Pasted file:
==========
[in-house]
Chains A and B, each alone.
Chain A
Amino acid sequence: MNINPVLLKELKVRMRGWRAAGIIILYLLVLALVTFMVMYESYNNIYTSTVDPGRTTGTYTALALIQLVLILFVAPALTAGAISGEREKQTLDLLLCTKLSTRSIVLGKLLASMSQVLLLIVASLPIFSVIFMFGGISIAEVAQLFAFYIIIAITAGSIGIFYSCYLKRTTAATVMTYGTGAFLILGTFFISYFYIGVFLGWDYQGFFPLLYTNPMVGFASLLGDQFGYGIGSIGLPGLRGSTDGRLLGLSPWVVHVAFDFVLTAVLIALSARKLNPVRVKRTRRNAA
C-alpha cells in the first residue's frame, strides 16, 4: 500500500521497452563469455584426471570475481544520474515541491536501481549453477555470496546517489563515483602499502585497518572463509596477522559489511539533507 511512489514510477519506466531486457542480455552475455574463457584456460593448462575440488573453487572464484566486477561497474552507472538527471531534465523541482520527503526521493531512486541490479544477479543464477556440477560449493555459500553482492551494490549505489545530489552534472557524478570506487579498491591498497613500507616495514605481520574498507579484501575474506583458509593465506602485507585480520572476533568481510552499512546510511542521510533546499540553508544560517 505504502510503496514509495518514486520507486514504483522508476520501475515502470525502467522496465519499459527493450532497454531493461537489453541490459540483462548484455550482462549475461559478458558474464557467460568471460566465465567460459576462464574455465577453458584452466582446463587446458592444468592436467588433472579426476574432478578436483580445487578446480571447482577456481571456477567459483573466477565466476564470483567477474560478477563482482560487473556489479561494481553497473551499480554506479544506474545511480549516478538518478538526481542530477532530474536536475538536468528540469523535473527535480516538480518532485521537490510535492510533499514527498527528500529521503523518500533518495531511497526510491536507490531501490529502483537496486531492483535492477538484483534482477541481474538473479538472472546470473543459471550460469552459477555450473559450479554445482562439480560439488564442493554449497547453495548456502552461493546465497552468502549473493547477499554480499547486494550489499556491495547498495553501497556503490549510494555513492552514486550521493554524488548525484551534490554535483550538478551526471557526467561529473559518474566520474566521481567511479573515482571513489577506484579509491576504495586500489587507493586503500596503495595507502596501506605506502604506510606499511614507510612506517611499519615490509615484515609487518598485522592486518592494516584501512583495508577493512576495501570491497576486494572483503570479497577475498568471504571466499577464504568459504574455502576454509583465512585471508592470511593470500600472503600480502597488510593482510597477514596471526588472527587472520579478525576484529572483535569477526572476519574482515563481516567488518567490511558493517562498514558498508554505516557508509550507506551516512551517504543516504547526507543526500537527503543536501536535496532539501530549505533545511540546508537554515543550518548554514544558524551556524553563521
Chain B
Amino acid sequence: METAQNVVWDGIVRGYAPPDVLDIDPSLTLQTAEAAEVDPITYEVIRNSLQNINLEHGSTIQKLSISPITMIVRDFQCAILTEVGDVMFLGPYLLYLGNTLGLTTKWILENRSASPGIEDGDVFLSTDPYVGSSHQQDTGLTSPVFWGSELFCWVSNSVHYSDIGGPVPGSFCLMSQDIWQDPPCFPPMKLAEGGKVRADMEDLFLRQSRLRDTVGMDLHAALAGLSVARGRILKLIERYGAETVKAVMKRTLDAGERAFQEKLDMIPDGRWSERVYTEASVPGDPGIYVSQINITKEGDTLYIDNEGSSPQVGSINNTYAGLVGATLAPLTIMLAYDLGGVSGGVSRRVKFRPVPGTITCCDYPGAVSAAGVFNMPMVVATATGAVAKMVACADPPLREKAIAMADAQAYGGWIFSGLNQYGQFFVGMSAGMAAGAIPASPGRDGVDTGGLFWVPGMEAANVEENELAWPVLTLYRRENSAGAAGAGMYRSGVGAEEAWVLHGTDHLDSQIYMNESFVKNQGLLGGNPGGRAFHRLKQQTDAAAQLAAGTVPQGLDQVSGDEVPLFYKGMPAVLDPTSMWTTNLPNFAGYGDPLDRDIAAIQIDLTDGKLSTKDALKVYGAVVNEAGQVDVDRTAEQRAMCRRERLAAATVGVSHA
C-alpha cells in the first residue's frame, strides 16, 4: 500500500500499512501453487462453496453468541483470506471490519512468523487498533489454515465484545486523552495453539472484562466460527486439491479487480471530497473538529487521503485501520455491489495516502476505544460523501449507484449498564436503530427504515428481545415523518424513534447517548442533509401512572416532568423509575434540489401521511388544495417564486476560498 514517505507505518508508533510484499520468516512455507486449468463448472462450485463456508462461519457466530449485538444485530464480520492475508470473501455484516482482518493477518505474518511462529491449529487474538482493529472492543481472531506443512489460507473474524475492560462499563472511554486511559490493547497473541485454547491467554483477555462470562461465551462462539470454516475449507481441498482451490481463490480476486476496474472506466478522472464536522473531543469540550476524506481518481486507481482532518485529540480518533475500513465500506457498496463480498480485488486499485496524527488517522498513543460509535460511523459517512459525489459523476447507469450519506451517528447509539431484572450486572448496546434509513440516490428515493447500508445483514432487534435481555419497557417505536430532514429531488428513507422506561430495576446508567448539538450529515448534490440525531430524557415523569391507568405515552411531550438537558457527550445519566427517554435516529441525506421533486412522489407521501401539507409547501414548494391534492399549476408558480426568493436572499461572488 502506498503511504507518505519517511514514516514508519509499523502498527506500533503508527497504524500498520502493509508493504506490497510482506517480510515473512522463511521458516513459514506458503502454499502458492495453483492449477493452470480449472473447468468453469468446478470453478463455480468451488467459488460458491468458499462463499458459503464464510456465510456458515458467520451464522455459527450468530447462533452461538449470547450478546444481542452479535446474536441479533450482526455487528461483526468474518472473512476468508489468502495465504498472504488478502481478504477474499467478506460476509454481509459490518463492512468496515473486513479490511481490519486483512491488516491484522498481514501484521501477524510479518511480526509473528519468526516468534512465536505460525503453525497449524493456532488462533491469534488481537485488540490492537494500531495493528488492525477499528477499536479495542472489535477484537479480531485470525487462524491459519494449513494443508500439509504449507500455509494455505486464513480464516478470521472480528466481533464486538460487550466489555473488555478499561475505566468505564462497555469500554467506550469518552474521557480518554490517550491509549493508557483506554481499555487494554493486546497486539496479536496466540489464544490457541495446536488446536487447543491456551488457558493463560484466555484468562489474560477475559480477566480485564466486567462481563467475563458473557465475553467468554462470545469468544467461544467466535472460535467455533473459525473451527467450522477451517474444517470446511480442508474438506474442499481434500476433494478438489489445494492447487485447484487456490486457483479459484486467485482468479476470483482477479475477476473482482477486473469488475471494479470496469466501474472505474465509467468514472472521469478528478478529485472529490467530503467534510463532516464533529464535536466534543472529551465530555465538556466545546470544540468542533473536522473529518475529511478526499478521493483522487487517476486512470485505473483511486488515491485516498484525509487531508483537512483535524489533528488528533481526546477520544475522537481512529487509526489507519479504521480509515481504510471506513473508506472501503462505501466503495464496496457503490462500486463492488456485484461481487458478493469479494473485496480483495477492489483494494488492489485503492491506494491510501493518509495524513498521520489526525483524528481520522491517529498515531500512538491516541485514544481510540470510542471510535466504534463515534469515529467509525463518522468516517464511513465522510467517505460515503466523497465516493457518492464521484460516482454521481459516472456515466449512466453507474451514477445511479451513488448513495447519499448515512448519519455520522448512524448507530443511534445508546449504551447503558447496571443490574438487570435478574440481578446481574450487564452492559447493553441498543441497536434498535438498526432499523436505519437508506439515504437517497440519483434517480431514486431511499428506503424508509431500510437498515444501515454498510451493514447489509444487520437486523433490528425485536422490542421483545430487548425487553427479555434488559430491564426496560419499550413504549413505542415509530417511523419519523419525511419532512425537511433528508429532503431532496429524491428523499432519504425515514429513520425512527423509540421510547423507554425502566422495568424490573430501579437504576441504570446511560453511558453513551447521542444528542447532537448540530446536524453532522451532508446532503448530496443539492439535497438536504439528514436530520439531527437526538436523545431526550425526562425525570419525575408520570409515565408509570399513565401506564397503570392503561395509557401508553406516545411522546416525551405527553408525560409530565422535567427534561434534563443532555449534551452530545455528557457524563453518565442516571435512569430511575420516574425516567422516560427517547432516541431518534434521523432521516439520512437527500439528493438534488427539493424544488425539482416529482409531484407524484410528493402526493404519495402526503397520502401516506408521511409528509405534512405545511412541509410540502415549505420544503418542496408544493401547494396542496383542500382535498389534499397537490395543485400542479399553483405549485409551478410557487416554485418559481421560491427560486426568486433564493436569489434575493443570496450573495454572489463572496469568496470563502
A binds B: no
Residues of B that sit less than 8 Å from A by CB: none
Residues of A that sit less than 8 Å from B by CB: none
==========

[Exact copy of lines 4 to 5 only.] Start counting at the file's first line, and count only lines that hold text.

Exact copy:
Amino acid sequence: MNINPVLLKELKVRMRGWRAAGIIILYLLVLALVTFMVMYESYNNIYTSTVDPGRTTGTYTALALIQLVLILFVAPALTAGAISGEREKQTLDLLLCTKLSTRSIVLGKLLASMSQVLLLIVASLPIFSVIFMFGGISIAEVAQLFAFYIIIAITAGSIGIFYSCYLKRTTAATVMTYGTGAFLILGTFFISYFYIGVFLGWDYQGFFPLLYTNPMVGFASLLGDQFGYGIGSIGLPGLRGSTDGRLLGLSPWVVHVAFDFVLTAVLIALSARKLNPVRVKRTRRNAA
C-alpha cells in the first residue's frame, strides 16, 4: 500500500521497452563469455584426471570475481544520474515541491536501481549453477555470496546517489563515483602499502585497518572463509596477522559489511539533507 511512489514510477519506466531486457542480455552475455574463457584456460593448462575440488573453487572464484566486477561497474552507472538527471531534465523541482520527503526521493531512486541490479544477479543464477556440477560449493555459500553482492551494490549505489545530489552534472557524478570506487579498491591498497613500507616495514605481520574498507579484501575474506583458509593465506602485507585480520572476533568481510552499512546510511542521510533546499540553508544560517 505504502510503496514509495518514486520507486514504483522508476520501475515502470525502467522496465519499459527493450532497454531493461537489453541490459540483462548484455550482462549475461559478458558474464557467460568471460566465465567460459576462464574455465577453458584452466582446463587446458592444468592436467588433472579426476574432478578436483580445487578446480571447482577456481571456477567459483573466477565466476564470483567477474560478477563482482560487473556489479561494481553497473551499480554506479544506474545511480549516478538518478538526481542530477532530474536536475538536468528540469523535473527535480516538480518532485521537490510535492510533499514527498527528500529521503523518500533518495531511497526510491536507490531501490529502483537496486531492483535492477538484483534482477541481474538473479538472472546470473543459471550460469552459477555450473559450479554445482562439480560439488564442493554449497547453495548456502552461493546465497552468502549473493547477499554480499547486494550489499556491495547498495553501497556503490549510494555513492552514486550521493554524488548525484551534490554535483550538478551526471557526467561529473559518474566520474566521481567511479573515482571513489577506484579509491576504495586500489587507493586503500596503495595507502596501506605506502604506510606499511614507510612506517611499519615490509615484515609487518598485522592486518592494516584501512583495508577493512576495501570491497576486494572483503570479497577475498568471504571466499577464504568459504574455502576454509583465512585471508592470511593470500600472503600480502597488510593482510597477514596471526588472527587472520579478525576484529572483535569477526572476519574482515563481516567488518567490511558493517562498514558498508554505516557508509550507506551516512551517504543516504547526507543526500537527503543536501536535496532539501530549505533545511540546508537554515543550518548554514544558524551556524553563521